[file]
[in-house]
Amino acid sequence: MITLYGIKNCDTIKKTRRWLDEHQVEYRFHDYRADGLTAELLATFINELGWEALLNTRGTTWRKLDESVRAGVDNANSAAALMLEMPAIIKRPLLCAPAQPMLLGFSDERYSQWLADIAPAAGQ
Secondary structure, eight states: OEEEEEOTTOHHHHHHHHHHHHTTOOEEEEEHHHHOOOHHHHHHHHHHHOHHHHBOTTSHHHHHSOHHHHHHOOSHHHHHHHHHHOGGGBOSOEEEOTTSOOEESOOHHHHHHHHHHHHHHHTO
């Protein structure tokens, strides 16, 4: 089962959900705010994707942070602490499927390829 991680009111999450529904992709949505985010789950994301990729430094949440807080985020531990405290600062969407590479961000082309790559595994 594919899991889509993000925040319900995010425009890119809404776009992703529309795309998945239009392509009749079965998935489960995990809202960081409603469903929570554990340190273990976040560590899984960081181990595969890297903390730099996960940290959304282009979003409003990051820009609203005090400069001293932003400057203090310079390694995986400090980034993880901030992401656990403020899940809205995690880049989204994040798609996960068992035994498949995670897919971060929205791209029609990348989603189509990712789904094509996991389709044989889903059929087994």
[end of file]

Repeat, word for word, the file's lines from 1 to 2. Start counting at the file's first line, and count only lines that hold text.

[in-house]
Amino acid sequence: MITLYGIKNCDTIKKTRRWLDEHQVEYRFHDYRADGLTAELLATFINELGWEALLNTRGTTWRKLDESVRAGVDNANSAAALMLEMPAIIKRPLLCAPAQPMLLGFSDERYSQWLADIAPAAGQ